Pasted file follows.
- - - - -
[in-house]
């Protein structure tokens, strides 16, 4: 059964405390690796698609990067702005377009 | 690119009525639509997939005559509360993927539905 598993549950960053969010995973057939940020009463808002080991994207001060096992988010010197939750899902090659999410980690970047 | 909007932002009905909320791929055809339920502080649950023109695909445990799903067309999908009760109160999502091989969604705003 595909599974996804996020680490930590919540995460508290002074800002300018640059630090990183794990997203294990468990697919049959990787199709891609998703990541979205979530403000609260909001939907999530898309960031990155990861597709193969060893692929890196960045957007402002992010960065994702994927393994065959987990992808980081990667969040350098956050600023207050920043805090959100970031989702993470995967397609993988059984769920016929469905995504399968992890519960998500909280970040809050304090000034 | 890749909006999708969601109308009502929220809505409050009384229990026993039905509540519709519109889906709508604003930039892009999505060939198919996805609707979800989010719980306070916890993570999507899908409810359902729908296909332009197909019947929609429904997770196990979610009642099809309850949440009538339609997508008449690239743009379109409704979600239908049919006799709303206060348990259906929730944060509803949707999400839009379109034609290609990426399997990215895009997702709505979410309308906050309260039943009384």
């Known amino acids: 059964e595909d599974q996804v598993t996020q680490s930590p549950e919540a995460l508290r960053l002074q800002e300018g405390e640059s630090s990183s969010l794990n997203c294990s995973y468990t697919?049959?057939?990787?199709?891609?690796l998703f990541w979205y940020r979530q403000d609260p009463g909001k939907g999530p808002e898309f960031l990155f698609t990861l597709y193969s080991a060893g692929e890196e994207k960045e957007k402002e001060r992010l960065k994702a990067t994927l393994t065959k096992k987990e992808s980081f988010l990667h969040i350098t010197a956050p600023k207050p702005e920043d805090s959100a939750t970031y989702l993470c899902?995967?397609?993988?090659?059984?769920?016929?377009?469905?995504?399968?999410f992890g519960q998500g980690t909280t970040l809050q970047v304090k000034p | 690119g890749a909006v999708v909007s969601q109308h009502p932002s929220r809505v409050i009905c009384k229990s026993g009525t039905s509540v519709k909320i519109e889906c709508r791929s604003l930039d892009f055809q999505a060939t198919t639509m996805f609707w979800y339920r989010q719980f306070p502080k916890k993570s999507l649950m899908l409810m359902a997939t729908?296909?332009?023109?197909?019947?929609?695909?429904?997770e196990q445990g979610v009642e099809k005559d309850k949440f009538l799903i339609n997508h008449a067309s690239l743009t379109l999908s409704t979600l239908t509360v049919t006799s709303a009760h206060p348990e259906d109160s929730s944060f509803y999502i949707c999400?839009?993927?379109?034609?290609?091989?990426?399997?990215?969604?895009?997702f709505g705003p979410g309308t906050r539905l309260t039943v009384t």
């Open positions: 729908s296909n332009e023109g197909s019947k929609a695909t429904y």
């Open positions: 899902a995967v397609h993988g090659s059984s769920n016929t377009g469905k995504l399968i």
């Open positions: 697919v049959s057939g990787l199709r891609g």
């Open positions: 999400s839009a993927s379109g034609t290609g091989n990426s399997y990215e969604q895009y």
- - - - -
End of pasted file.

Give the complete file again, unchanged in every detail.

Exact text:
[in-house]
């Protein structure tokens, strides 16, 4: 059964405390690796698609990067702005377009 | 690119009525639509997939005559509360993927539905 598993549950960053969010995973057939940020009463808002080991994207001060096992988010010197939750899902090659999410980690970047 | 909007932002009905909320791929055809339920502080649950023109695909445990799903067309999908009760109160999502091989969604705003 595909599974996804996020680490930590919540995460508290002074800002300018640059630090990183794990997203294990468990697919049959990787199709891609998703990541979205979530403000609260909001939907999530898309960031990155990861597709193969060893692929890196960045957007402002992010960065994702994927393994065959987990992808980081990667969040350098956050600023207050920043805090959100970031989702993470995967397609993988059984769920016929469905995504399968992890519960998500909280970040809050304090000034 | 890749909006999708969601109308009502929220809505409050009384229990026993039905509540519709519109889906709508604003930039892009999505060939198919996805609707979800989010719980306070916890993570999507899908409810359902729908296909332009197909019947929609429904997770196990979610009642099809309850949440009538339609997508008449690239743009379109409704979600239908049919006799709303206060348990259906929730944060509803949707999400839009379109034609290609990426399997990215895009997702709505979410309308906050309260039943009384």
């Known amino acids: 059964e595909d599974q996804v598993t996020q680490s930590p549950e919540a995460l508290r960053l002074q800002e300018g405390e640059s630090s990183s969010l794990n997203c294990s995973y468990t697919?049959?057939?990787?199709?891609?690796l998703f990541w979205y940020r979530q403000d609260p009463g909001k939907g999530p808002e898309f960031l990155f698609t990861l597709y193969s080991a060893g692929e890196e994207k960045e957007k402002e001060r992010l960065k994702a990067t994927l393994t065959k096992k987990e992808s980081f988010l990667h969040i350098t010197a956050p600023k207050p702005e920043d805090s959100a939750t970031y989702l993470c899902?995967?397609?993988?090659?059984?769920?016929?377009?469905?995504?399968?999410f992890g519960q998500g980690t909280t970040l809050q970047v304090k000034p | 690119g890749a909006v999708v909007s969601q109308h009502p932002s929220r809505v409050i009905c009384k229990s026993g009525t039905s509540v519709k909320i519109e889906c709508r791929s604003l930039d892009f055809q999505a060939t198919t639509m996805f609707w979800y339920r989010q719980f306070p502080k916890k993570s999507l649950m899908l409810m359902a997939t729908?296909?332009?023109?197909?019947?929609?695909?429904?997770e196990q445990g979610v009642e099809k005559d309850k949440f009538l799903i339609n997508h008449a067309s690239l743009t379109l999908s409704t979600l239908t509360v049919t006799s709303a009760h206060p348990e259906d109160s929730s944060f509803y999502i949707c999400?839009?993927?379109?034609?290609?091989?990426?399997?990215?969604?895009?997702f709505g705003p979410g309308t906050r539905l309260t039943v009384t």
């Open positions: 729908s296909n332009e023109g197909s019947k929609a695909t429904y």
């Open positions: 899902a995967v397609h993988g090659s059984s769920n016929t377009g469905k995504l399968i």
């Open positions: 697919v049959s057939g990787l199709r891609g």
């Open positions: 999400s839009a993927s379109g034609t290609g091989n990426s399997y990215e969604q895009y």